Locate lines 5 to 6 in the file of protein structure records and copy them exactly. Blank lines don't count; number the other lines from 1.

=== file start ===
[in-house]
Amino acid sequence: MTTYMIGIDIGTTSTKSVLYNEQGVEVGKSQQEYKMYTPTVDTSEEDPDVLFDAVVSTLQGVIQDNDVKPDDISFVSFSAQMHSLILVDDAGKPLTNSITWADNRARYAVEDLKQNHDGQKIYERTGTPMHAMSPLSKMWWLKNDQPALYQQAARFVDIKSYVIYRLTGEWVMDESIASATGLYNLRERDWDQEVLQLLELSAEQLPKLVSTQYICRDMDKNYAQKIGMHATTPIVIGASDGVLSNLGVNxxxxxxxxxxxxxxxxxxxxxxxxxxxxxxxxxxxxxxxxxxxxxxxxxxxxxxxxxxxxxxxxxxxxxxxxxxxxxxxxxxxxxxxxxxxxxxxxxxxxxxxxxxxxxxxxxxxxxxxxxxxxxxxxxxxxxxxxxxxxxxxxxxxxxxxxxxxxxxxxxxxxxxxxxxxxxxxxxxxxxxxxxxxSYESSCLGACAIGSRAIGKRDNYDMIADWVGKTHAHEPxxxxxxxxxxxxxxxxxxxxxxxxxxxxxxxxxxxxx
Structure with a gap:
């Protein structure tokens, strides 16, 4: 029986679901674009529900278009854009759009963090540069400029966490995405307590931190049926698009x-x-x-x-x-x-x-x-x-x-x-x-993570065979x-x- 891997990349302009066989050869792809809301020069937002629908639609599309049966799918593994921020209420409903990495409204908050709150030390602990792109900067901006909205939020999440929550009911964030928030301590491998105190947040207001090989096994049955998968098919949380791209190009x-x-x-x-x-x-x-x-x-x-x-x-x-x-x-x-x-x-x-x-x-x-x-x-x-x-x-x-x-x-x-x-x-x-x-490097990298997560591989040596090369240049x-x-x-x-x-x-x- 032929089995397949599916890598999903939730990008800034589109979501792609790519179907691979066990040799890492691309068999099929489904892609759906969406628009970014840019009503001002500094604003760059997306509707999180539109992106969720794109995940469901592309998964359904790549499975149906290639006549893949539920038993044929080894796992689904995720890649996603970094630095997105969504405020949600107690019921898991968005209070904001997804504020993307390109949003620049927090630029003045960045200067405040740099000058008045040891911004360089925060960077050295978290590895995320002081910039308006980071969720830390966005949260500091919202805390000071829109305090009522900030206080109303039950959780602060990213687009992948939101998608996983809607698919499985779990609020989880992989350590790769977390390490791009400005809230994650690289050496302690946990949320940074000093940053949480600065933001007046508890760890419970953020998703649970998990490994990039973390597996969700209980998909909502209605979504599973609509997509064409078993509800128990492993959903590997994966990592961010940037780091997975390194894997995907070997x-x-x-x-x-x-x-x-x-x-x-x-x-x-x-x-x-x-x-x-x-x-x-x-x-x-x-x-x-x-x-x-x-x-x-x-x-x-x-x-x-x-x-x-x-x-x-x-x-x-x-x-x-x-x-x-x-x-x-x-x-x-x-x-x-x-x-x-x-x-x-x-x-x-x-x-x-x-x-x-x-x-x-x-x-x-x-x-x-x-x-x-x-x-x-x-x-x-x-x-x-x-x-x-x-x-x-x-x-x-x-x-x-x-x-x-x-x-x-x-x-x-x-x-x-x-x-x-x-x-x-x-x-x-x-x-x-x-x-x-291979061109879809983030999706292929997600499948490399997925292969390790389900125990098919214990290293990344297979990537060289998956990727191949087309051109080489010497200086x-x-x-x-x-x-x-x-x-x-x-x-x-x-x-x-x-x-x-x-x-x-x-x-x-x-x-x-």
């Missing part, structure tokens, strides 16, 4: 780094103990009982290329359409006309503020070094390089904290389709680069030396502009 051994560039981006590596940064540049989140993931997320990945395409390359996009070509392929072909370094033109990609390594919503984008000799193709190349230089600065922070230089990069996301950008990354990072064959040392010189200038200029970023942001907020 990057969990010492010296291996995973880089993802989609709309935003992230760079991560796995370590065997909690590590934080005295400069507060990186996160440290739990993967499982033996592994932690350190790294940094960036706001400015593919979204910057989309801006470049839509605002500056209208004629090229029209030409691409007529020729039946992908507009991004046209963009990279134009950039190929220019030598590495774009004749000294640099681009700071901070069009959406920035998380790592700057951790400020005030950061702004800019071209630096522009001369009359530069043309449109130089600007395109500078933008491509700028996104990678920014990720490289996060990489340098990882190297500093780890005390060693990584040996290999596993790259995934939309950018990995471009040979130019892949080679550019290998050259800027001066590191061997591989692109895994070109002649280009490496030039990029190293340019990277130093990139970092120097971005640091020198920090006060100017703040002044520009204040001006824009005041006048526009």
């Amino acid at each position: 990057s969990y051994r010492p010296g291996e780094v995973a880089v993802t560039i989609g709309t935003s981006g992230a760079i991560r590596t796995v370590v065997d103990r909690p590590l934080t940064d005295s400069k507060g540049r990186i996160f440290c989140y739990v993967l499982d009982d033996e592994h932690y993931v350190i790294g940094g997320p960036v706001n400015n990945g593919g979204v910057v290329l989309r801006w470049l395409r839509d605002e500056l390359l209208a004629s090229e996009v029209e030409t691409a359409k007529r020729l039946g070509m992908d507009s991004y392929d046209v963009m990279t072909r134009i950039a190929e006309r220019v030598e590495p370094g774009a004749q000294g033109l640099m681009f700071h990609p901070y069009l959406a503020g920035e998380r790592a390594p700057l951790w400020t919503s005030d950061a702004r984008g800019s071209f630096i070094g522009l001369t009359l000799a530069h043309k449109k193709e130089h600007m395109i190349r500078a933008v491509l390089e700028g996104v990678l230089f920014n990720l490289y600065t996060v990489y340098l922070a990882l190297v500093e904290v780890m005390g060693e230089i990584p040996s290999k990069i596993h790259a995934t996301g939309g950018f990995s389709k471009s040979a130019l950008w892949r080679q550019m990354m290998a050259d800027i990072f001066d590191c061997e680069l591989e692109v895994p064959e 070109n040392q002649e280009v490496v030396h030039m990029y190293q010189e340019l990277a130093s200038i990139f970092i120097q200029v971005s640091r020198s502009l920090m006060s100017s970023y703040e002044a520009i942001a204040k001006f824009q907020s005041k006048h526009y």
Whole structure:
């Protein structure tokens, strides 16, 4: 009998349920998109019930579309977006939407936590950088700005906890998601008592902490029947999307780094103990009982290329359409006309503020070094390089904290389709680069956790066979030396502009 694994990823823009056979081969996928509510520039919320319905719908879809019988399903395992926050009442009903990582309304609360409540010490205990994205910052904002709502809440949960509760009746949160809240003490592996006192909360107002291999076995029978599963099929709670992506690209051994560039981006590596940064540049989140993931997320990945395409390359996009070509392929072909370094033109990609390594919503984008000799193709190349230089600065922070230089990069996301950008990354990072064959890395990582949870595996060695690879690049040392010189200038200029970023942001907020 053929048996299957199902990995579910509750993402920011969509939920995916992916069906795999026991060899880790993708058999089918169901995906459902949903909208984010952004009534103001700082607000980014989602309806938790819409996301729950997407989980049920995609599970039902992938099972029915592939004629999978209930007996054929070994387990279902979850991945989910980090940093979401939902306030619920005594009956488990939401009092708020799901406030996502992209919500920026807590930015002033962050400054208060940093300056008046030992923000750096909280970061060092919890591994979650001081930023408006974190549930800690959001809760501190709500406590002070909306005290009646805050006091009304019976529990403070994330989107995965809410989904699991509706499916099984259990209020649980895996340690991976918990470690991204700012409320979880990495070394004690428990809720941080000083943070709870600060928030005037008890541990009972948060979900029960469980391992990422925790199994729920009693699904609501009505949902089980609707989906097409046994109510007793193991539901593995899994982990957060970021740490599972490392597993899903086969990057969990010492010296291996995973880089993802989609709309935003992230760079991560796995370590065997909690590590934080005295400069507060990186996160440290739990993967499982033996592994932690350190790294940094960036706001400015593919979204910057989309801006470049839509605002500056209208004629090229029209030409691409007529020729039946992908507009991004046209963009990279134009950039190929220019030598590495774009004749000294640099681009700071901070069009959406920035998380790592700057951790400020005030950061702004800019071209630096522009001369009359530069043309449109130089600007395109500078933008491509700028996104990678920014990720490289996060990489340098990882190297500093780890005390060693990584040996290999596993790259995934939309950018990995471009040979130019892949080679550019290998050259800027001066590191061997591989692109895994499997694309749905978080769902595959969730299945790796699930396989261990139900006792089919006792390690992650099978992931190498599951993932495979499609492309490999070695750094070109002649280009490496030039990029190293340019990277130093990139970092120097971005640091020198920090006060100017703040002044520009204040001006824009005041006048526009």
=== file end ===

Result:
């Missing part, structure tokens, strides 16, 4: 780094103990009982290329359409006309503020070094390089904290389709680069030396502009 051994560039981006590596940064540049989140993931997320990945395409390359996009070509392929072909370094033109990609390594919503984008000799193709190349230089600065922070230089990069996301950008990354990072064959040392010189200038200029970023942001907020 990057969990010492010296291996995973880089993802989609709309935003992230760079991560796995370590065997909690590590934080005295400069507060990186996160440290739990993967499982033996592994932690350190790294940094960036706001400015593919979204910057989309801006470049839509605002500056209208004629090229029209030409691409007529020729039946992908507009991004046209963009990279134009950039190929220019030598590495774009004749000294640099681009700071901070069009959406920035998380790592700057951790400020005030950061702004800019071209630096522009001369009359530069043309449109130089600007395109500078933008491509700028996104990678920014990720490289996060990489340098990882190297500093780890005390060693990584040996290999596993790259995934939309950018990995471009040979130019892949080679550019290998050259800027001066590191061997591989692109895994070109002649280009490496030039990029190293340019990277130093990139970092120097971005640091020198920090006060100017703040002044520009204040001006824009005041006048526009």
């Amino acid at each position: 990057s969990y051994r010492p010296g291996e780094v995973a880089v993802t560039i989609g709309t935003s981006g992230a760079i991560r590596t796995v370590v065997d103990r909690p590590l934080t940064d005295s400069k507060g540049r990186i996160f440290c989140y739990v993967l499982d009982d033996e592994h932690y993931v350190i790294g940094g997320p960036v706001n400015n990945g593919g979204v910057v290329l989309r801006w470049l395409r839509d605002e500056l390359l209208a004629s090229e996009v029209e030409t691409a359409k007529r020729l039946g070509m992908d507009s991004y392929d046209v963009m990279t072909r134009i950039a190929e006309r220019v030598e590495p370094g774009a004749q000294g033109l640099m681009f700071h990609p901070y069009l959406a503020g920035e998380r790592a390594p700057l951790w400020t919503s005030d950061a702004r984008g800019s071209f630096i070094g522009l001369t009359l000799a530069h043309k449109k193709e130089h600007m395109i190349r500078a933008v491509l390089e700028g996104v990678l230089f920014n990720l490289y600065t996060v990489y340098l922070a990882l190297v500093e904290v780890m005390g060693e230089i990584p040996s290999k990069i596993h790259a995934t996301g939309g950018f990995s389709k471009s040979a130019l950008w892949r080679q550019m990354m290998a050259d800027i990072f001066d590191c061997e680069l591989e692109v895994p064959e 070109n040392q002649e280009v490496v030396h030039m990029y190293q010189e340019l990277a130093s200038i990139f970092i120097q200029v971005s640091r020198s502009l920090m006060s100017s970023y703040e002044a520009i942001a204040k001006f824009q907020s005041k006048h526009y």